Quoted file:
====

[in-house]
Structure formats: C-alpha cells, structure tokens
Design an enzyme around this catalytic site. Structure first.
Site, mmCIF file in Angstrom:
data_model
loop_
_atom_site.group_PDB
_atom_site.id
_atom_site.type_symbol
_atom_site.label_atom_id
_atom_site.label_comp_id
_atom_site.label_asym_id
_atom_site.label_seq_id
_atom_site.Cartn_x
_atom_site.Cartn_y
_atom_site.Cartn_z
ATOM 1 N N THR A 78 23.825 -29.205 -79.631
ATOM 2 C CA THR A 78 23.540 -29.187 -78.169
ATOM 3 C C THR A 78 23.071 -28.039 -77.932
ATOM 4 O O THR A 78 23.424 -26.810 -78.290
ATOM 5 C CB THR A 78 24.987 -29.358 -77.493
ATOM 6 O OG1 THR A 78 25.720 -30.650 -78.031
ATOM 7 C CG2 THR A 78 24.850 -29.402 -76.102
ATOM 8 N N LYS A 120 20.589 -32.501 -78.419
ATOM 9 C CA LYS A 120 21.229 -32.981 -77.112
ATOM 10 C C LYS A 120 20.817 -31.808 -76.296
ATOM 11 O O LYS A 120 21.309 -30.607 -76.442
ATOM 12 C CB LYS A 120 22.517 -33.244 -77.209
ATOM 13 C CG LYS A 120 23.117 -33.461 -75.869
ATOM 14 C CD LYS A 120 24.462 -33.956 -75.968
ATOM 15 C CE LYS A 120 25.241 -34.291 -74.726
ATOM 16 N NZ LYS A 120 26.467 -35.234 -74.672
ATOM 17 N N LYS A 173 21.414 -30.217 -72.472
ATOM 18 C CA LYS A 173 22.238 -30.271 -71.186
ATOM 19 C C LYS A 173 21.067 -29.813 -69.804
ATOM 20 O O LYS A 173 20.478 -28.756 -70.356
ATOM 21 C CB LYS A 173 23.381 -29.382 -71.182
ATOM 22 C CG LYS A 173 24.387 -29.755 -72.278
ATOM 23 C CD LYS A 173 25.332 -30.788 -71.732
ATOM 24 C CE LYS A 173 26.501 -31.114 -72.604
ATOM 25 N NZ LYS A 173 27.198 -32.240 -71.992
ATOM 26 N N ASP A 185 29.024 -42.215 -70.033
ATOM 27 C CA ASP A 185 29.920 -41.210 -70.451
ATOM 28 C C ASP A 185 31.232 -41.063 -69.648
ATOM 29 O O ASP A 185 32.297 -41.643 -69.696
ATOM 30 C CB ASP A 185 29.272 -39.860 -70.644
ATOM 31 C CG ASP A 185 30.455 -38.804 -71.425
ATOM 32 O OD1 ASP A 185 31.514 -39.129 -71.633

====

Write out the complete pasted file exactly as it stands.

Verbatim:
[in-house]
Structure formats: C-alpha cells, structure tokens
Design an enzyme around this catalytic site. Structure first.
Site, mmCIF file in Angstrom:
data_model
loop_
_atom_site.group_PDB
_atom_site.id
_atom_site.type_symbol
_atom_site.label_atom_id
_atom_site.label_comp_id
_atom_site.label_asym_id
_atom_site.label_seq_id
_atom_site.Cartn_x
_atom_site.Cartn_y
_atom_site.Cartn_z
ATOM 1 N N THR A 78 23.825 -29.205 -79.631
ATOM 2 C CA THR A 78 23.540 -29.187 -78.169
ATOM 3 C C THR A 78 23.071 -28.039 -77.932
ATOM 4 O O THR A 78 23.424 -26.810 -78.290
ATOM 5 C CB THR A 78 24.987 -29.358 -77.493
ATOM 6 O OG1 THR A 78 25.720 -30.650 -78.031
ATOM 7 C CG2 THR A 78 24.850 -29.402 -76.102
ATOM 8 N N LYS A 120 20.589 -32.501 -78.419
ATOM 9 C CA LYS A 120 21.229 -32.981 -77.112
ATOM 10 C C LYS A 120 20.817 -31.808 -76.296
ATOM 11 O O LYS A 120 21.309 -30.607 -76.442
ATOM 12 C CB LYS A 120 22.517 -33.244 -77.209
ATOM 13 C CG LYS A 120 23.117 -33.461 -75.869
ATOM 14 C CD LYS A 120 24.462 -33.956 -75.968
ATOM 15 C CE LYS A 120 25.241 -34.291 -74.726
ATOM 16 N NZ LYS A 120 26.467 -35.234 -74.672
ATOM 17 N N LYS A 173 21.414 -30.217 -72.472
ATOM 18 C CA LYS A 173 22.238 -30.271 -71.186
ATOM 19 C C LYS A 173 21.067 -29.813 -69.804
ATOM 20 O O LYS A 173 20.478 -28.756 -70.356
ATOM 21 C CB LYS A 173 23.381 -29.382 -71.182
ATOM 22 C CG LYS A 173 24.387 -29.755 -72.278
ATOM 23 C CD LYS A 173 25.332 -30.788 -71.732
ATOM 24 C CE LYS A 173 26.501 -31.114 -72.604
ATOM 25 N NZ LYS A 173 27.198 -32.240 -71.992
ATOM 26 N N ASP A 185 29.024 -42.215 -70.033
ATOM 27 C CA ASP A 185 29.920 -41.210 -70.451
ATOM 28 C C ASP A 185 31.232 -41.063 -69.648
ATOM 29 O O ASP A 185 32.297 -41.643 -69.696
ATOM 30 C CB ASP A 185 29.272 -39.860 -70.644
ATOM 31 C CG ASP A 185 30.455 -38.804 -71.425
ATOM 32 O OD1 ASP A 185 31.514 -39.129 -71.633